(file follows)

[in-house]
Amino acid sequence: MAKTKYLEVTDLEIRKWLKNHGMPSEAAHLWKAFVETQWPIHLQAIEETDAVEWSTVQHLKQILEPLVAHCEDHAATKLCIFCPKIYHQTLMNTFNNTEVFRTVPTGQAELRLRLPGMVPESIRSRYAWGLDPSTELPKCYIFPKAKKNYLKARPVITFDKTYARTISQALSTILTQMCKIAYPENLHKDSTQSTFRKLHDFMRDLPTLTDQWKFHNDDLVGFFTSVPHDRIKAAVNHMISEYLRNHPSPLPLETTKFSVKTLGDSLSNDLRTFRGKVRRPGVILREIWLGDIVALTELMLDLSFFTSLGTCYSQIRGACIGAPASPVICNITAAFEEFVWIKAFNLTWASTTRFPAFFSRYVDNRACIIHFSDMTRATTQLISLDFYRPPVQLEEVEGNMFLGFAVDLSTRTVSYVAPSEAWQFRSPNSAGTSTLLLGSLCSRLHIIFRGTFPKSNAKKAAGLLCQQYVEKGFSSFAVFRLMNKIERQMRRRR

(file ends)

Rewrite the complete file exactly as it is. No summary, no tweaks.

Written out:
[in-house]
Amino acid sequence: MAKTKYLEVTDLEIRKWLKNHGMPSEAAHLWKAFVETQWPIHLQAIEETDAVEWSTVQHLKQILEPLVAHCEDHAATKLCIFCPKIYHQTLMNTFNNTEVFRTVPTGQAELRLRLPGMVPESIRSRYAWGLDPSTELPKCYIFPKAKKNYLKARPVITFDKTYARTISQALSTILTQMCKIAYPENLHKDSTQSTFRKLHDFMRDLPTLTDQWKFHNDDLVGFFTSVPHDRIKAAVNHMISEYLRNHPSPLPLETTKFSVKTLGDSLSNDLRTFRGKVRRPGVILREIWLGDIVALTELMLDLSFFTSLGTCYSQIRGACIGAPASPVICNITAAFEEFVWIKAFNLTWASTTRFPAFFSRYVDNRACIIHFSDMTRATTQLISLDFYRPPVQLEEVEGNMFLGFAVDLSTRTVSYVAPSEAWQFRSPNSAGTSTLLLGSLCSRLHIIFRGTFPKSNAKKAAGLLCQQYVEKGFSSFAVFRLMNKIERQMRRRR